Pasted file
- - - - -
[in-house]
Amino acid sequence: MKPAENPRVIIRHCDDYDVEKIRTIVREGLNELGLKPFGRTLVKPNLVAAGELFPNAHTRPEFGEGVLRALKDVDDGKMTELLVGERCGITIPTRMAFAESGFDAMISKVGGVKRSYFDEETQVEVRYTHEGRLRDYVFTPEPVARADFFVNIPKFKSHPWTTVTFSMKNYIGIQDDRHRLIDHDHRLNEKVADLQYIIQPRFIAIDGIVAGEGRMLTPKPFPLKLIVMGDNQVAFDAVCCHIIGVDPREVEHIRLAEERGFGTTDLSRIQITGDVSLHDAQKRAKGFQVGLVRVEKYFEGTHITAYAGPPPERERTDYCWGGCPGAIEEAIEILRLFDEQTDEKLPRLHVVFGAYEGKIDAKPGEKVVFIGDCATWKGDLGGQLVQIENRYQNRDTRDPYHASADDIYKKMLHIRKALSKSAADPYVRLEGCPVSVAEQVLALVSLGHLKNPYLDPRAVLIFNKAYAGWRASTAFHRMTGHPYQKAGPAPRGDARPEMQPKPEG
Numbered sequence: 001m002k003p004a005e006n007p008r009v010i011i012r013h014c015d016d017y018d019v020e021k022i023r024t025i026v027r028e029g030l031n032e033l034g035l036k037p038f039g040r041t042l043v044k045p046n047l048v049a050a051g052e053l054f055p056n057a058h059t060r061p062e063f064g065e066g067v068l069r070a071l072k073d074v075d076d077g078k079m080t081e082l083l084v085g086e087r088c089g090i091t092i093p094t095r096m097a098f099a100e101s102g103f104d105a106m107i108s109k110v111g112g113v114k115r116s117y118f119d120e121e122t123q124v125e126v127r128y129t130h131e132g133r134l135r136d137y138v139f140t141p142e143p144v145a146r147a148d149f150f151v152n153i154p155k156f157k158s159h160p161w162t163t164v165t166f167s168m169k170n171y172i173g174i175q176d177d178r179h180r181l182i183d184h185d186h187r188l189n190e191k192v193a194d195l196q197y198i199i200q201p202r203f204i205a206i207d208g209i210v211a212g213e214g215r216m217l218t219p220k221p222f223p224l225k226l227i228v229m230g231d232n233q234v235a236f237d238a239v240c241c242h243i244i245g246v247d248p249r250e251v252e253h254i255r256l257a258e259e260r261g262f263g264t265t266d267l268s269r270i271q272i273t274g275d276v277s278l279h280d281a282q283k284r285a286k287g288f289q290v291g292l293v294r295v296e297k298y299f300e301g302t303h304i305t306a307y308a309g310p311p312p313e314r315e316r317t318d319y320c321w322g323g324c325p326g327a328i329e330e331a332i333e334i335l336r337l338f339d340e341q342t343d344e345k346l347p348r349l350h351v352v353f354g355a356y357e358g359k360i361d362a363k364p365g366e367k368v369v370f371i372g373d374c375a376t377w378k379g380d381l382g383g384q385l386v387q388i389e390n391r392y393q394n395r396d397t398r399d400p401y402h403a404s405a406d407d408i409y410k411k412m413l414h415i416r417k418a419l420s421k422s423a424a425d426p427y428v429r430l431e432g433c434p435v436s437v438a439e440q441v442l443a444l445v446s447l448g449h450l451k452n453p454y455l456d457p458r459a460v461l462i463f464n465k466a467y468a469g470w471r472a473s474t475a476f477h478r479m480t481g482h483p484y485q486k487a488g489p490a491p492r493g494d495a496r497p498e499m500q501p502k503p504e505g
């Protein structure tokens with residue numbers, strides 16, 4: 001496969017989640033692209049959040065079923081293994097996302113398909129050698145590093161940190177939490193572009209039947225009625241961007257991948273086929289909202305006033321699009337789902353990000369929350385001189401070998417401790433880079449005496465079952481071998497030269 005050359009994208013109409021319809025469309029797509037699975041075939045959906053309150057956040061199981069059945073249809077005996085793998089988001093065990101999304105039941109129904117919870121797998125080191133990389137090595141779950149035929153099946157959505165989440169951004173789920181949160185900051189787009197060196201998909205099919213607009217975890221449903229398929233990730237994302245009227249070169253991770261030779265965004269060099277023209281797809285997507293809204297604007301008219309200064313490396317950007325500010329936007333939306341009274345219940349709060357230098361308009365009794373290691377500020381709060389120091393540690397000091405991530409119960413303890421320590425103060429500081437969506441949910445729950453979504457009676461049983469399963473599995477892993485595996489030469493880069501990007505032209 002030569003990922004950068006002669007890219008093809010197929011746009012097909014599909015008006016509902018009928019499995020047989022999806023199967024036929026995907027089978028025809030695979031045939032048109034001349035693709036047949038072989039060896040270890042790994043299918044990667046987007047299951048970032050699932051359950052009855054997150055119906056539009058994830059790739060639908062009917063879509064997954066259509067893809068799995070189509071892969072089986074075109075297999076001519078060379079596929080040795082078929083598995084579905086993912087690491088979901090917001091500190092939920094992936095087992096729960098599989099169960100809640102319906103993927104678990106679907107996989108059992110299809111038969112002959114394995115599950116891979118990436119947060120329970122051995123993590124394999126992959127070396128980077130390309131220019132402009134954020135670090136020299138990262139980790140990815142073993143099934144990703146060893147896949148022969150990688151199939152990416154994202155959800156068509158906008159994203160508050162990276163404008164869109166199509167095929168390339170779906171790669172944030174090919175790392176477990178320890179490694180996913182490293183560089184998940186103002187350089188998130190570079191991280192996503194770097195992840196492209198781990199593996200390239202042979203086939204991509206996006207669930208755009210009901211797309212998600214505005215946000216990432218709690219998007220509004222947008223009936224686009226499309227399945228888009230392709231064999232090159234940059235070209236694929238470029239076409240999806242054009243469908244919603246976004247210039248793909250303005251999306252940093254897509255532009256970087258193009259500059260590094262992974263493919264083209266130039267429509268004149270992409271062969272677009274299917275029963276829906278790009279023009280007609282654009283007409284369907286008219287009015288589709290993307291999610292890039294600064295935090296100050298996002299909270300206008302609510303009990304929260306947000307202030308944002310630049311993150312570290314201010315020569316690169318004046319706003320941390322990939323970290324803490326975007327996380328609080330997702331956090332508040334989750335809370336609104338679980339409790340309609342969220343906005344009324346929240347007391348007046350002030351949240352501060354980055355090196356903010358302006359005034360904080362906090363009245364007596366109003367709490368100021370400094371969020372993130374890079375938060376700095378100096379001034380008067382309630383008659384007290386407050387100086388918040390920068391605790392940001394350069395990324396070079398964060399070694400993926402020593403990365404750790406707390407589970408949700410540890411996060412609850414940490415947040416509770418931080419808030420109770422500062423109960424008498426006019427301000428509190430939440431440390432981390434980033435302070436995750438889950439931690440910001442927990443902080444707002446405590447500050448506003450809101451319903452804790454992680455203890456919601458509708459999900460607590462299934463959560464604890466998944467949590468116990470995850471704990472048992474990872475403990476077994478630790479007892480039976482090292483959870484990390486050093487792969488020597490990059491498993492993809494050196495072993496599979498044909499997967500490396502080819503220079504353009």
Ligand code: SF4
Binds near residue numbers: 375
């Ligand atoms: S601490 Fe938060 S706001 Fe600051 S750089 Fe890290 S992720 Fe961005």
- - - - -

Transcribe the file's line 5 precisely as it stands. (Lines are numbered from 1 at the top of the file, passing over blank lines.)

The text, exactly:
Ligand code: SF4